Our garden borders a little gorge created by the Nkutu River. There are three waterfalls at the bottom of our garden. My two small daughters and decided we wanted to find the source of that beautiful sound of rushing water. Thus began the required process of clearing the vegetation between us and river. At my previous residence in Johannesburg I had been used to extracting weeds with a small polished fork (with a quaintly mounded orange handle for comfort) and depositing the said weeds with gentle rhythm and small sighs into a black bag which was inoffensively sent out with the garbage each week. Imagine my horror when I opened my back door on a fateful Saturday morning to the roar of half an acre of Waterfall’s six foot high Lantana, Triffid and Mexican Sunflowers. My small fork fell from my hand with a whimper, prongs disfigured like lukewarm spaghetti as I examined my bleeding hands, this after my first failed attempt at removing a spikey Lantana stem.
I have learnt many things about weeding in Waterfall since those virginal days, I became equipped with a most formidable device which became a faithful companion as I cleared my way to the Waterfalls over those many adventurous months: a mighty Cane Cutter. So I tell you all this oh gentle reader for one reason. Alas my cane cutter has expired after years of good service. But do you think I can find a single cane cutter in a hardware store in the Upper Highway area. No, only those bendy long blades for veld or tiny little pangas. If anyone can tell me where to find a decent size cane cutter I’ll gladly send you my old weeding fork with the quaintly moulded handle.
I’ve never understood why people watch golf, especially on television. I do understand why people play golf. In South Africa I can categorically state that our most manicured stretches of landscape are our golf courses. For those elsewhere in the world I would imagine to some degree that is true for you to too. This on it’s own is reason enough to, at least pretend to play the game and simply enjoy the walks and scenery.
I recall the comedian Jasper Carrot referring to all the camera crew covering golf tournaments as being ex World War II search light operators. “Hours and hours of televised sky!!” He said. I agree, what a bore, all that fuss about a little ball going into a little hole instead of into strategically placed sand pits and ponds. Then in a desperate appeal to people drawn to that other exhilarating sport, bird spotting, they have chosen to use the names of the creatures that represent the only genuine action camera crews ever actually see. I suppose we should be grateful that instead of terms like birdie, albatross and pigeon, or whatever it is, someone didn’t end up calling shots cumulonimbus, cirrocumulus and cirrostratus.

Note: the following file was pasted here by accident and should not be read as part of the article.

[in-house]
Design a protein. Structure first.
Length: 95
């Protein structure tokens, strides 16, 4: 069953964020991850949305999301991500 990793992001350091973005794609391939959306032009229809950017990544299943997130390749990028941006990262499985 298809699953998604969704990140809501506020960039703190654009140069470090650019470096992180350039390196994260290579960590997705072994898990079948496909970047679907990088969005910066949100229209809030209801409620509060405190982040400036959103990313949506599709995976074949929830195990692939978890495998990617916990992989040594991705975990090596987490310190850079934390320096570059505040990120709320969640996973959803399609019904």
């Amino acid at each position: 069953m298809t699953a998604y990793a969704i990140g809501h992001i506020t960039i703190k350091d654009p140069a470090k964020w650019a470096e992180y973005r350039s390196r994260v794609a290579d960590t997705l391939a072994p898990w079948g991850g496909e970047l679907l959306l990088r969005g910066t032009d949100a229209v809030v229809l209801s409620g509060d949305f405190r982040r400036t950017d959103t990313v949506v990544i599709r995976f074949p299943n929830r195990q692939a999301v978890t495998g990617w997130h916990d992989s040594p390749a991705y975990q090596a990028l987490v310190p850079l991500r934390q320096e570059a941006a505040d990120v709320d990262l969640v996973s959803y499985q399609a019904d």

There was once a man, who wishes to remain anonymous, who by reason of circumstance acquired a lone golf club. He lived near to a municipal golf course, not one of those “stuff-the-poor” places, outside which are parked cars that might as well have “stuff-the-poor” bumper stickers on them. This golf course was small and not as well kept as those other more ostentatious institutions reserved for a handful of elite martini sippers who speak and say nothing for so long it just sounds like; “stuff-the-poor darling”, “stuff-the-poor my brother” or “my good man, stuff-the-poor.” Well anyway it wasn’t one of those courses.
It was a lovely day and lets give anonymous a name, how about Garth? Well Garth is very fond of wide-open spaces and enjoys hugging trees and talking loudly to himself. At last he had the excuse to prance about a golf course. Just one snag Garth though, large and gormlos, has never been very sporty. Garth can not play the game required for him to partake in a beautiful day in the wide-open green grass and trees. Ag shame. (If you’re English; oh tut. If you’re American; oh that’s too bad. If you’re an Aussie; aaaaa.)
However Garth is not as dim as he looks, he decided that it was not necessary for him to know how to play since he would not make use of a ball. Golfers, he had observed acquired great rage as a result of this ball and caused many people to get fibersitus in their necks from spending too much time looking at the sky. Garth decided he would pretend to play and walk about with great authority and pleasure like one of those golfers on television. Garth imagined what those golfers must have been saying to themselves when striding about looking concerned as to the whereabouts of the ball they’d hit so hard that it was rendered invisible. “Ho ho” Garth imagined their chuckles as they contemplated all those silly people giving them so much money to hit a ball around a big park.
Garth stirred great curiosity that day among the amateur golfers at the humble course. He donned his finest braces and floral hat that he usual kept for weeding the garden. In leau of plus fours he tucked his trousers into his odd socks and beamed at his new found fellow sports men. Garth has a portly frame and requires regular provender so as not to get giddy. He decided to bring some meat pies to celebrate his virgin golfing experience. What a grand moment as he put down his pies and swung at the imaginary ball. Taking a handsome bite of pie he notice a quizzical face at his elbow. “What’s a good score?” he enquired of the face. It gave a figure. “Would you mind writing that down for me?” Garth said baptising the face with flaky pastry, “I am with pie.” He explained. The face graciously obliged though not without concern.
At the end of the morning Garth had had enough and deposited his impressive golf card at the humble golf club building and trundling home kicking an orphaned white ball down the street. He was seemingly oblivious to the bewildered faces of those he had left behind.